Aim’s research interests centre on the relationships between digital media, political participation and political regimes in Southeast Asia. She is the co-founder of the Sydney Cyber Security Network and a Thailand country coordinator for the Sydney Southeast Asia Centre. Aim has served as the Expert Contributor for Varieties of Democracy and Bartelsmann Transformation Index, which measure degrees and types of democracy, and is currently a Research Associate of the Citizen Lab at the University of Toronto. Aim is also a regular commentator on Southeast Asian politics for the ABC, SBS, CBC, Channel News Asia, Al Jazeera, CNBC and Sky News.
No part of the planet will escape the impacts of climate change – not only the physical impacts, but the related impacts on knowledge, power, and governance. This roundtable will explore the implications of climate change for Asia, with a particular focus on the meaning of such change, how it impacts both livelihoods and knowledge systems, and the range of potential public responses – from elite and top-down to more bottom-up designs for ‘solidaristic flourishing’.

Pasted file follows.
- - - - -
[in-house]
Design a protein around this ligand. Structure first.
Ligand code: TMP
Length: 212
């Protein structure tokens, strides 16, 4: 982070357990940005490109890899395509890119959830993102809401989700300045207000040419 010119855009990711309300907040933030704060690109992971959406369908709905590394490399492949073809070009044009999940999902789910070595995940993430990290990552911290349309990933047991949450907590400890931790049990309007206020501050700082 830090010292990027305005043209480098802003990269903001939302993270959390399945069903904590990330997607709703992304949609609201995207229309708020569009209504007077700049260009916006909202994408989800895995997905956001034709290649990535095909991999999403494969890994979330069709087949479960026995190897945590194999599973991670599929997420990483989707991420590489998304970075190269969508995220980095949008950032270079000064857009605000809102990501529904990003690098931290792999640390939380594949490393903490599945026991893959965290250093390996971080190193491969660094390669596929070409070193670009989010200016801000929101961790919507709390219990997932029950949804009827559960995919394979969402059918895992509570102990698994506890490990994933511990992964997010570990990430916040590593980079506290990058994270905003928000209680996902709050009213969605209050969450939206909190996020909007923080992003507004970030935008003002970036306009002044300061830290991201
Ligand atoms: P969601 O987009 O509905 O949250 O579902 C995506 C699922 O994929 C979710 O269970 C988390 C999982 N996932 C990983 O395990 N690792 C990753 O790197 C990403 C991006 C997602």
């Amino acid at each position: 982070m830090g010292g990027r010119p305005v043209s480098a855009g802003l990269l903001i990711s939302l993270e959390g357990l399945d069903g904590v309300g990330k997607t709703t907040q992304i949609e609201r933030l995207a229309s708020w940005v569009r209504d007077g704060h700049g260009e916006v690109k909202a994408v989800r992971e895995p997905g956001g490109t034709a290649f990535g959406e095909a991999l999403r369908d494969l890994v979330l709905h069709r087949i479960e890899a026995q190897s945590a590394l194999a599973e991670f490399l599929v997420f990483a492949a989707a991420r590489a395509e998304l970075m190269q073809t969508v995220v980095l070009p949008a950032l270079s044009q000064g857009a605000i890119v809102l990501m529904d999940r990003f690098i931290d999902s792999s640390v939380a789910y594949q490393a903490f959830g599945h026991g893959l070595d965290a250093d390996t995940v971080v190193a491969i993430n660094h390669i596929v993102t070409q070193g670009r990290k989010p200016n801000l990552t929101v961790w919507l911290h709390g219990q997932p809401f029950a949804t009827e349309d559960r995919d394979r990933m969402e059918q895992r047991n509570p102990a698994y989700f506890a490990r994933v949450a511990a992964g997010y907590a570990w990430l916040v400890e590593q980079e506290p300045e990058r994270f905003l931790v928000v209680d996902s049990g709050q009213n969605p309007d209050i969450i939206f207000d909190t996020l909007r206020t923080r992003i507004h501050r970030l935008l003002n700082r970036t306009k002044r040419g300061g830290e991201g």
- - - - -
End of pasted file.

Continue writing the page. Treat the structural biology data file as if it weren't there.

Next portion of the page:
Assistant Professor of Education, University of Canberra
Dr. Hill is a Human Geographer and Diverse Economies scholar by training with specific interests in collective ethics and methods for living in a climate and resource-changing world. She is a member of the Community Economies Collective and a founding member of the Community Economies Research Network, both of which are international cross-disciplinary networks of academic and lay-researchers committed to diverse economic theory and practice.
Emeritus Professor of Human Geography, University of Sydney
Prof Hirsch specialises in natural resource management, rural change and the politics of environment in Southeast Asia. Phil leads the Mekong Research Group, which carries out engaged and collaborative research on a range of natural resource governance, livelihood and development themes in the Mekong region. He has been working on and in Thailand, Laos, Vietnam and Cambodia since the early 1980s.